April 24, 2024
Water and Wastewater Treatment Chemicals

Water and Wastewater Treatment Chemicals: Essential for Ensuring Clean Drinking Water

Water is vital for sustaining life. However, in its natural state, water can contain harmful contaminants that pose health risks if consumed without treatment. Chemicals play a key role in water and wastewater treatment processes to purify water and make it safe for human use and the environment.

Coagulants and Flocculants

The first stage in water treatment involves the addition of coagulants and flocculants to remove dissolved and suspended particles from raw water sources. Common coagulants used are aluminum sulfate (alum), ferric sulfate, ferric chloride, and polyaluminum chloride. When added to water, coagulants help neutralize negative charges on particulate matter, allowing particles to stick together through the process of coagulation.

Flocculants like polyacrylamide polymers are then used to help bridge particles and form larger clumps or “flocs.” The flocs formed after coagulation and flocculation are heavier and easier to remove through sedimentation or filtration. Coagulants and flocculants play a critical role in removing contaminants like dirt, bacteria, algae, viruses, and protozoa from raw water. Their use significantly improves the quality of drinking water through physical removal of particles and pathogens.

Disinfectants

Once water has been clarified through coagulation, flocculation, sedimentation and filtration, disinfectants are added to kill or inactivate any remaining microorganisms that may cause waterborne diseases. Chlorine in the form of gas, liquid sodium hypochlorite or calcium hypochlorite is the most commonly used disinfectant in water and waste water treatment chemicals due to its effectiveness and low cost. Chlorine forms hydrochloric and hypochlorous acid when added to water, which can penetrate and destroy bacteria and viruses.

Other disinfectants gaining popularity include chloramines (a combination of chlorine and ammonia), chlorine dioxide, and ultraviolet (UV) light. While UV light does not involve chemicals, it works by damaging nucleic acids of microbes, rendering them incapable of reproduction. Disinfection is the final critical process that ensures the treated water is free from pathogens before distribution to the public.

Corrosion Control

To mitigate the corrosion of pipes during water distribution and extend the life of infrastructure, corrosion inhibitors are added. Common corrosion inhibitors include orthophosphate, blended phosphate, sulfuric acid, and silica. Orthophosphate prevents corrosion by forming a protective film on metal surfaces that isolates it from water. Sulfuric acid is used to lower pH and solubilize lead and calcium carbonate deposits in water mains. Proper pH adjustment and inhibition of corrosion is important to maintain water quality and prevent contamination from lead and other heavy metals leaching from aging pipes.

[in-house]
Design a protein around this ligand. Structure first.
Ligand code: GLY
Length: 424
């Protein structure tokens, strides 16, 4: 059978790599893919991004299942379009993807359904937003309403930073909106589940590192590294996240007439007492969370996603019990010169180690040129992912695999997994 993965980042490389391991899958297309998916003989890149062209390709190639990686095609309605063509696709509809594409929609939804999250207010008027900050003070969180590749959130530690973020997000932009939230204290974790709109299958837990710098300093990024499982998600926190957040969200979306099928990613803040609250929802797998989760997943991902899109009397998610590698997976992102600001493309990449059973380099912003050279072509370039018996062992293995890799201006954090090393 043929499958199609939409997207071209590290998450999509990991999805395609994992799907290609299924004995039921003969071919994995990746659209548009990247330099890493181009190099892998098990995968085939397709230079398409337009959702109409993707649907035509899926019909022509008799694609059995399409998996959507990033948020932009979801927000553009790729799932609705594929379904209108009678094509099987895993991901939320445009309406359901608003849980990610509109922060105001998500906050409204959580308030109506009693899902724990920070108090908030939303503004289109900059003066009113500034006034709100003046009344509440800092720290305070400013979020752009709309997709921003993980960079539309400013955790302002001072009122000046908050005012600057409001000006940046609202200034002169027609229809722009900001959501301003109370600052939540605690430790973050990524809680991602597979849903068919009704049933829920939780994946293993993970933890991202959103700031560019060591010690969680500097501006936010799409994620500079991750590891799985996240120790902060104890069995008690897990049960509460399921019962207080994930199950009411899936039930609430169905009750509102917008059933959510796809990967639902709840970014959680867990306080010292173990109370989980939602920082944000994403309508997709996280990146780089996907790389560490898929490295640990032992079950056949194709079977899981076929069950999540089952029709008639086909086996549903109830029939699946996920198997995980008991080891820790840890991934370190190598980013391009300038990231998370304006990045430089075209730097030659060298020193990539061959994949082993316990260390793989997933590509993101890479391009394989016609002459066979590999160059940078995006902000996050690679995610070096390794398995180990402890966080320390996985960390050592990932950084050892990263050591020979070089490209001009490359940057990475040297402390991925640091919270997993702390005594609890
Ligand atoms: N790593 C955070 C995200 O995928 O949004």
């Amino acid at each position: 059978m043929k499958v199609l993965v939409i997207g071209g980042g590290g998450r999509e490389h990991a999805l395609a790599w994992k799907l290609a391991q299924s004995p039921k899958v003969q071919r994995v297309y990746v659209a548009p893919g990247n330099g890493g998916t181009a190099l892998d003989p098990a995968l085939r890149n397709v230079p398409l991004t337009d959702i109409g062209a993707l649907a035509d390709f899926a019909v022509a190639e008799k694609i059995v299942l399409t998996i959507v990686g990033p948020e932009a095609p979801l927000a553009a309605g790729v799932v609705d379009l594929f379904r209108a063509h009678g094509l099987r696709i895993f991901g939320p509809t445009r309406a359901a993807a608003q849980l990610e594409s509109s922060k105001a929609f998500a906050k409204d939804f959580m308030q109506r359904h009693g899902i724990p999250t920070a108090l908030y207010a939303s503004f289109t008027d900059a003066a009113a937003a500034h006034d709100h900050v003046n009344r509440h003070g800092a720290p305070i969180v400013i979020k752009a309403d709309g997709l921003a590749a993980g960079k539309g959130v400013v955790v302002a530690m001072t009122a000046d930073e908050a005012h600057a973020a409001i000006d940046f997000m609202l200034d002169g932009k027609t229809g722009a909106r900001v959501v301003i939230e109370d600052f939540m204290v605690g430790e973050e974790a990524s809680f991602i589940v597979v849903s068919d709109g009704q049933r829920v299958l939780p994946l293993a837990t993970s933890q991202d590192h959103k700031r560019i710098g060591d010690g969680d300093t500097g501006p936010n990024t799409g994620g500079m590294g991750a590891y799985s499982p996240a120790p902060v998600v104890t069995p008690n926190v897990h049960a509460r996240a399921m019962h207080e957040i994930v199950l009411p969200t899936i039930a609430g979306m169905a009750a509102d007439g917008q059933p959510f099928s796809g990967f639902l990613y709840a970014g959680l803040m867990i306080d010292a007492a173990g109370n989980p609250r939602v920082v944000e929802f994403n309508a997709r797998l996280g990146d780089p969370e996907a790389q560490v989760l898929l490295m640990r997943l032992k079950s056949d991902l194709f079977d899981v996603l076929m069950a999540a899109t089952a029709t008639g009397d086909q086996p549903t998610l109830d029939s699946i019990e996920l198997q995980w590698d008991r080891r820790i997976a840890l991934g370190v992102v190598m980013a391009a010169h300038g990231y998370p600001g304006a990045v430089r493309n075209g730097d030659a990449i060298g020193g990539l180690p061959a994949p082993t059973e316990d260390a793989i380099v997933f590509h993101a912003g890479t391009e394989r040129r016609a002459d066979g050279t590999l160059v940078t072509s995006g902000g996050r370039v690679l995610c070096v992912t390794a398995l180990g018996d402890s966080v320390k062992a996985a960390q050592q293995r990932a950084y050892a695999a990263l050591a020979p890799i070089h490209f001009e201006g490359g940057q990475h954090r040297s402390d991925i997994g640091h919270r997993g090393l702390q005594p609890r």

Wastewater Treatment Chemicals

Many of the same chemicals used in drinking water treatment are also applied during the wastewater treatment process to remove contaminants before discharge or reuse of treated effluent. Coagulants like ferric chloride aid in clarification and removal of solids. Sodium hypochlorite or gaseous chlorine kills pathogens. Dechlorination chemicals such as sodium bisulfite or sulfur dioxide are added after chlorination to remove residual chlorine that could harm aquatic life in receiving waters.

Polymers are used as flocculants, and often cationic polymers at that, to help bacteria and solids aggregate for improved sedimentation. Caustics like sodium hydroxide are added for pH adjustment while phosphates control corrosion in collection systems. Oxygen releasing compounds introduce dissolved oxygen into wastewater to support biological treatment processes. Proper application of chemicals allows municipal wastewater facilities to meet stringent discharge limits and protect the environment.

Regulations and Standards

The usage of water treatment chemicals is regulated to ensure safety. The U.S. Environmental Protection Agency (EPA) develops and enforces national standards under the Safe Drinking Water Act. EPA regulations specify maximum contaminant levels (MCLs) for chemical residues permitted in drinking water. Standards cover inorganic and organic chemicals from both natural and man-made sources. Strict guidelines and diligent water quality monitoring help provide high-quality drinking water compliant with all regulations.

Water treatment facilities must be properly designed and operated to effectively apply chemicals within legal dose ranges. Operators are specially trained and licensed to safely handle and apply treatment chemicals according to standard procedures. Ongoing research also leads to development of novel chemicals and enhanced treatment technologies that allow operators to meet more stringent regulations to come. Proper regulations, oversight, and chemical application are critical for consistently supplying clean drinking water to the public.

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  1. Source: Coherent Market Insights, Public sources, Desk research
  2. We have leveraged AI tools to mine information and compile it